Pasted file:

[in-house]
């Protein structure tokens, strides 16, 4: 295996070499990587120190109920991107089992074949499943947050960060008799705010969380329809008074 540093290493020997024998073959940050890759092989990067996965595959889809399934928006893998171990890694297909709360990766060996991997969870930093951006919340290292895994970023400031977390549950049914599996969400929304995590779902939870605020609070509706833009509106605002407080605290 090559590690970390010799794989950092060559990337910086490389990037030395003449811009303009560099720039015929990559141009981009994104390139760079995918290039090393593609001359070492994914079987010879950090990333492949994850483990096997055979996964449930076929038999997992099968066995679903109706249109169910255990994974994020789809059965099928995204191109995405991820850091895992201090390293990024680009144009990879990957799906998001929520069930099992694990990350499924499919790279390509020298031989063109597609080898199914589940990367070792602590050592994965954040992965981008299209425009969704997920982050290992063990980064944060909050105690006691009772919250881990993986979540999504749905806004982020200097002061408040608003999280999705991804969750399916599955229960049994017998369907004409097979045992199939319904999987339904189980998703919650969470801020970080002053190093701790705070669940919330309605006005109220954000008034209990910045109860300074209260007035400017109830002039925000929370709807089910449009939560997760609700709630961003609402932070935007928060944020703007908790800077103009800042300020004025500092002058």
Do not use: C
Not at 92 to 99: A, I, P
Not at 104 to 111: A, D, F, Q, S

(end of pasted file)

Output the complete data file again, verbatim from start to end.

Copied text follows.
[in-house]
């Protein structure tokens, strides 16, 4: 295996070499990587120190109920991107089992074949499943947050960060008799705010969380329809008074 540093290493020997024998073959940050890759092989990067996965595959889809399934928006893998171990890694297909709360990766060996991997969870930093951006919340290292895994970023400031977390549950049914599996969400929304995590779902939870605020609070509706833009509106605002407080605290 090559590690970390010799794989950092060559990337910086490389990037030395003449811009303009560099720039015929990559141009981009994104390139760079995918290039090393593609001359070492994914079987010879950090990333492949994850483990096997055979996964449930076929038999997992099968066995679903109706249109169910255990994974994020789809059965099928995204191109995405991820850091895992201090390293990024680009144009990879990957799906998001929520069930099992694990990350499924499919790279390509020298031989063109597609080898199914589940990367070792602590050592994965954040992965981008299209425009969704997920982050290992063990980064944060909050105690006691009772919250881990993986979540999504749905806004982020200097002061408040608003999280999705991804969750399916599955229960049994017998369907004409097979045992199939319904999987339904189980998703919650969470801020970080002053190093701790705070669940919330309605006005109220954000008034209990910045109860300074209260007035400017109830002039925000929370709807089910449009939560997760609700709630961003609402932070935007928060944020703007908790800077103009800042300020004025500092002058």
Do not use: C
Not at 92 to 99: A, I, P
Not at 104 to 111: A, D, F, Q, S